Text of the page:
The PowerPC started out as a RISC challenger to the PC's XC86, developed by Apple, IBM, and Motorola. It lost that race, but it has become a major RISC for ICs, ASSPs, and cores. PowerPCs have a large embedded base in printers, telecom, control, and xDSL.
Initially, PowerPC implementations had built-in debugging capability using the Communications On-chip Processor (COP), developed by IBM. Later debug resources built on COP supported a JTAG/TAP interface using on-chip scan chains to monitor and set instructions, memory, and registers. It included on-chip breakpoint comparators for instruction and data addresses, as well as data values. It also defined tracing. COP was used for a number of PowerPCs, like the 550, the 750, and the RS6000.
Motorola has taken to the PowerPC as a RISC engine for its ICs and ASSPs. These PowerPC implementations have deployed many debug resources, like Background Debug Mode, JTAG/TAP-based debuggers, Nexus, and main-bus-based tracing.
The latest fourth-generation version integrates a PowerPC CPU with a vector engine. It uses an extension of the COP, the Power Port Debug Interface. It meets the Book-E debug standards, which extended the PowerPC for embedded applications.
Book-E defines debug events, which set Debug Exception bits in the Debug Status Register and cause a Debug exception. These events include In-struction Address Compare, Data Address Compare, Trap, Branch Taken, Instruction Complete, Interrupt Taken, Return, and Unconditional (set by the UDE signal).
These events can shift the CPU into the Debug Mode for debugging processing. When a debug event occurs in the Debug Mode, they may cause a debug exception, if enabled, and an interrupt.
On some Motorola implementations, the Trace Mode enables either a single-step trace, or a branch trace that records every branch taken. The CPU can be set to take a soft stop or a hard stop. In the soft stop, the CPU halts after the triggering instruction completes. In the hard stop, the CPU halts on detecting the address match and must be restarted via a reset. There also is a 48-bit clock cycle counter, the RUNN counter, for precise cycle control. It can be set to a count and counts down to zero, where it stops the clocks. It can be triggered by a number of signals and events, including interrupts.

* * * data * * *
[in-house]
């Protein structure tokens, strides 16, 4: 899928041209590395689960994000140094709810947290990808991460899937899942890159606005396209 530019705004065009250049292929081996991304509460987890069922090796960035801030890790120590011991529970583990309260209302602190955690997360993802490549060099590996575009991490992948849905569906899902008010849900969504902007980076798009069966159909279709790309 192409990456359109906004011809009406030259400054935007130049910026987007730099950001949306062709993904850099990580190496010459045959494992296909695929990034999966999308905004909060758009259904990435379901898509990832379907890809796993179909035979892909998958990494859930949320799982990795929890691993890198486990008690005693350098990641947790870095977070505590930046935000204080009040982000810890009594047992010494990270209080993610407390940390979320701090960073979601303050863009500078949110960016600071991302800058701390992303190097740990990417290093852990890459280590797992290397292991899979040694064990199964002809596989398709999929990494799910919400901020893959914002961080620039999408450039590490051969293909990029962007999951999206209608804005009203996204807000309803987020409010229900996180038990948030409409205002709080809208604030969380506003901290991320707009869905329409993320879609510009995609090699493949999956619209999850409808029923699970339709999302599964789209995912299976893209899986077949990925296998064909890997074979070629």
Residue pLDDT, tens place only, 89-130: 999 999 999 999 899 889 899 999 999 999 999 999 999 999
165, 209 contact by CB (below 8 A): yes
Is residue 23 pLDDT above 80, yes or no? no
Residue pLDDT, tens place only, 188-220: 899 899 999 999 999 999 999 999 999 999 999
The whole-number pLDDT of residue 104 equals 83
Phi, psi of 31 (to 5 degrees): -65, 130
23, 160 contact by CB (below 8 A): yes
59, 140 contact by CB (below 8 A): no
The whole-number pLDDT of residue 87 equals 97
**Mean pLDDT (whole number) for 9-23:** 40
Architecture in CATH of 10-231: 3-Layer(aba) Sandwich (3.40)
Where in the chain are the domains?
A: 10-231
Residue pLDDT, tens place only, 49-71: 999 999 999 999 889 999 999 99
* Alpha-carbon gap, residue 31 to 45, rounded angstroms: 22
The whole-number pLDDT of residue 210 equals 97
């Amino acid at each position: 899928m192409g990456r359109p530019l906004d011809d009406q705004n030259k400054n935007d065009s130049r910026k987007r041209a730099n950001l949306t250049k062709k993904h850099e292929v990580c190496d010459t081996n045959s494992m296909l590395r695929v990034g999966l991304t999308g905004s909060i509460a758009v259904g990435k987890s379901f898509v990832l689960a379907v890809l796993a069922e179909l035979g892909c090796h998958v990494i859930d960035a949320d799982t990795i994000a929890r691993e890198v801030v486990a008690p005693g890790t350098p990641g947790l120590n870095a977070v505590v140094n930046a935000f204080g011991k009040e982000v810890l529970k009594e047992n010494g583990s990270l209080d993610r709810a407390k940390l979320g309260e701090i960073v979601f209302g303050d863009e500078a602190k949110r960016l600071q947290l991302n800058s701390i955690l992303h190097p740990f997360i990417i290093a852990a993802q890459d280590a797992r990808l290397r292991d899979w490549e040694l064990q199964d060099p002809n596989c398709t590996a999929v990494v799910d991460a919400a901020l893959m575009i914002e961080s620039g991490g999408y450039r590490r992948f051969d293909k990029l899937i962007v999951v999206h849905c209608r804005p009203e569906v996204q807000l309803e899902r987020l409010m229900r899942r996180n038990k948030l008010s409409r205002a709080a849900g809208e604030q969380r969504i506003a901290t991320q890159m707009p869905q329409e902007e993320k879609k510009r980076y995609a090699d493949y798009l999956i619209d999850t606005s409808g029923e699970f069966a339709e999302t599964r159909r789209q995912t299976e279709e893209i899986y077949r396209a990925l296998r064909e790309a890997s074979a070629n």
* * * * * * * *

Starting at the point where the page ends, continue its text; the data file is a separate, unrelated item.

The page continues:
Motorola added a Service bus to debug. Instead of scan chains to access key latches, they're directly addressable via Service Access. Up to 16 bits can be set or reset at the same time for a single Service Register Access. These registers are accessed via a Service Access JTAG command.
IBM has built on the PowerPC base, fielding PPC cores and PPC ASSPs. The cores include the 405 RISC, and the ASSPs include communications engines like the 440 GP, a 32-bit RISC SoC that integrates a 32-bit PPC core with a PCI-X bridge, a DDRAM controller, and a DMA controller. These PPCs incorporate an extension of the Book-E design. Instead of a single Debug Mode, they define four modes:
- Internal Debug Mode—supports ROM monitors.
- External Debug Mode—supports JTAG debuggers (Book-E Internal Debug Mode).
- Debug Wait Mode—supports CPU stop/stepping for JTAG while servicing interrupts.
- Real-Time Trace Mode—supports trigger events for real-time trace.
Debug events trigger a debug operation, which depends on the current Debug Mode. Internal Debug Mode supports setting and reacting to hardware and software breakpoints. The debug events can interrupt normal program flow for a debug monitor, while the programs continue to run.
One debug control is to "Freeze Timers." This can be triggered by the JTAG debug port, or via a bit set in the Debug Control Register 0. Timers can be enabled to run, freeze always, or freeze on a debug event. Freeze enables the code to ignore the time in debug, keeping a semblance of real-time count.
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